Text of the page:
Commercial Property Investment

Commercial Property Investment
Need Wealth Management Advice? Just ask Local Wealth Managers Vision IFP for Assistance »
Until recently, investing in commercial property was the preserve of institutions with deep pockets. Private investment tended to focus on residential property, as evidenced by the growth in the buy-to-let market in recent years. However, whereas returns from residential property have largely been the result of rapid increases in capital values, a significant proportion of UK commercial property returns are derived from income. This return tends to be more stable as commercial property tenants usually commit to longer-term leases than residential tenants and are typically liable for any repairs to the property. Property investment offers other advantages such as:

* Diversification. Whereas the returns from both equities and gilts are strongly correlated, commercial property is negatively correlated. This diversification can be an important part of a multi-asset investment portfolio

* Low volatility. The returns from commercial property tend to be less volatile than other asset classes such as equities. This stability can be an important to more risk-averse investors.

* Tangible asset. Unlike other asset classes, property is tangible. Some investors have an instinctive preference for an asset that is made of “bricks and mortar” that can be viewed, visited or driven past.

* Asset management. Commercial property provides opportunities to add value through active management. By working closely with tenants the property manager can pursue initiatives that would enhance the value of the property and generate higher returns.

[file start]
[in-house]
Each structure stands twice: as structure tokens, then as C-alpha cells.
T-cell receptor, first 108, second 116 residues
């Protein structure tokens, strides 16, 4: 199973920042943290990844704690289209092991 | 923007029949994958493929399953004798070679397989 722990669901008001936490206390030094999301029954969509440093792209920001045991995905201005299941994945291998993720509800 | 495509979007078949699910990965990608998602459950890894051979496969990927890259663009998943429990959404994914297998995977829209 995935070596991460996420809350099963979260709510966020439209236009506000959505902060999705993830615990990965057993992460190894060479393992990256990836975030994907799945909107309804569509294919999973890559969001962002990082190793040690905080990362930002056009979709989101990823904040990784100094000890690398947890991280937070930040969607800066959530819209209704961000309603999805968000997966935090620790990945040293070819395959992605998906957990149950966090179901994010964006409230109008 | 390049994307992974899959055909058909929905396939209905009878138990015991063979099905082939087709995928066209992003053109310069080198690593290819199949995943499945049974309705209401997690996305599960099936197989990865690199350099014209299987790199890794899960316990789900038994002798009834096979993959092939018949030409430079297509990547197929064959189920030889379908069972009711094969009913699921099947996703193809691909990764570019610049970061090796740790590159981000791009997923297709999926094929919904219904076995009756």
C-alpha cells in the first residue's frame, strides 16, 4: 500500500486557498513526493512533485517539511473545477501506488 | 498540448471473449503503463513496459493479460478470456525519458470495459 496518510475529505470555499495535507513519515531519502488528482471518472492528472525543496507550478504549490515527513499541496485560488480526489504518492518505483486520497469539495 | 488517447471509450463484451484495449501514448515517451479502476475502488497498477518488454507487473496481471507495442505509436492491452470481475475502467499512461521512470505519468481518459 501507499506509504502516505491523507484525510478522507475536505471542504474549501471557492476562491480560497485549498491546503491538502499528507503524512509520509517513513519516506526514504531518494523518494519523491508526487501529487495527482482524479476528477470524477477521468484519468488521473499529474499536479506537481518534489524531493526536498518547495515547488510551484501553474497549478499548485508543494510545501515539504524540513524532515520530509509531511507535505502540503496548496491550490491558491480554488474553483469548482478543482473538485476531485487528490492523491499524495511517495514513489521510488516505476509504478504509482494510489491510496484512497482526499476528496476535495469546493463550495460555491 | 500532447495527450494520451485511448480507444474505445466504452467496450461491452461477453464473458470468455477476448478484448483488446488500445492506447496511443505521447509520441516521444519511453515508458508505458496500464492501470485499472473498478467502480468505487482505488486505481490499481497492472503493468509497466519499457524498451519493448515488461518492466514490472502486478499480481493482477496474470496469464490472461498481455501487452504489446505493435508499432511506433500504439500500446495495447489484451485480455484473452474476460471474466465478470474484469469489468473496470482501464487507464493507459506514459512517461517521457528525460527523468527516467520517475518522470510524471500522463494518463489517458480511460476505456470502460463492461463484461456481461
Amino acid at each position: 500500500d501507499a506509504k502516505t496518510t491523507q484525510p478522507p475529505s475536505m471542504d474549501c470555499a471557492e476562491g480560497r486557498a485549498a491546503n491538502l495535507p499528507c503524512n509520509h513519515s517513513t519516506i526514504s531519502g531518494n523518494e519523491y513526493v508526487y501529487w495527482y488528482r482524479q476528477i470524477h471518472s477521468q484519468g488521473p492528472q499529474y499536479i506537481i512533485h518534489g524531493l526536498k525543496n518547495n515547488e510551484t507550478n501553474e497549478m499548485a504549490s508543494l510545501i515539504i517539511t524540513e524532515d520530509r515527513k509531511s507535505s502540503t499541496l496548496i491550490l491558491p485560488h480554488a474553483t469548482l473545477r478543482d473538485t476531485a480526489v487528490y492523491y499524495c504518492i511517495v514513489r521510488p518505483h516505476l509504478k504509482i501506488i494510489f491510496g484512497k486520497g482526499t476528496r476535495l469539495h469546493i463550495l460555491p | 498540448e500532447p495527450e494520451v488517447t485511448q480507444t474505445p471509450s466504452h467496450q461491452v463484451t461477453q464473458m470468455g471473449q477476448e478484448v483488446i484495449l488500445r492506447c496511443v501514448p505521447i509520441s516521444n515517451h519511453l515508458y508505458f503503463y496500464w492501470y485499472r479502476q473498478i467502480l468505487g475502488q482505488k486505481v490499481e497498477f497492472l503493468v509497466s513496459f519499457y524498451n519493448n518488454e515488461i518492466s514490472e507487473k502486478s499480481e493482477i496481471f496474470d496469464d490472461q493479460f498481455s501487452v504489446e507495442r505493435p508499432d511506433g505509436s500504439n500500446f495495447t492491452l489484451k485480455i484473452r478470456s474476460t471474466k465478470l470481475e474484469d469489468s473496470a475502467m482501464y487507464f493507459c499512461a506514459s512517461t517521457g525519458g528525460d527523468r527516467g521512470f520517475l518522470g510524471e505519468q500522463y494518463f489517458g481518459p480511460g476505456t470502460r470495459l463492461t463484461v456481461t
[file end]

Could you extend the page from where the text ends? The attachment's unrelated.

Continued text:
* Performance. Property has been the best-performing UK asset class over five and ten years, outperforming equities, gilts and cash. Over the last 25 years property has shown an annualised return of over 10%.

It is important to recognise that the UK commercial property sector can itself be subdivided into different categories; namely, offices, retail and industrial. These sub-sectors can be further categorised according to their own unique risks and sub-sectors can be further categorised according to their own unique risks and rewards. Niche sectors are also available for investment where only a handful of specialist managers operate. Commercial property can also be geographically sensitive as local economic environments drive demand. A good example of this is the office market, which is skewed towards southeast of England with a particular concentration in both the City and west end of London.

Specialist investment managers have reacted to increased demand for property from private investors over the past few years by designing investment products that enable private investors to access direct holdings in property. As a result, property has now firmly established itself as an important asset class in it’s own right.

Private investors can now invest in commercial property through a range of different fund types, ranging from traditional UK authorised unit trusts to offshore investment companies and syndicated partnerships. Tax-efficient structures are also available to allow tax-exempt investors, such as self-invested personal pensions (SIPPs) and small self-administered pension schemes (SSAS), to invest with minimal tax leakage. When creating suitable product structures, features such as liquidity, gearing, diversification and tax efficiency will be important considerations.

« Discretionary Portfolio Management

Exchange Traded Funds »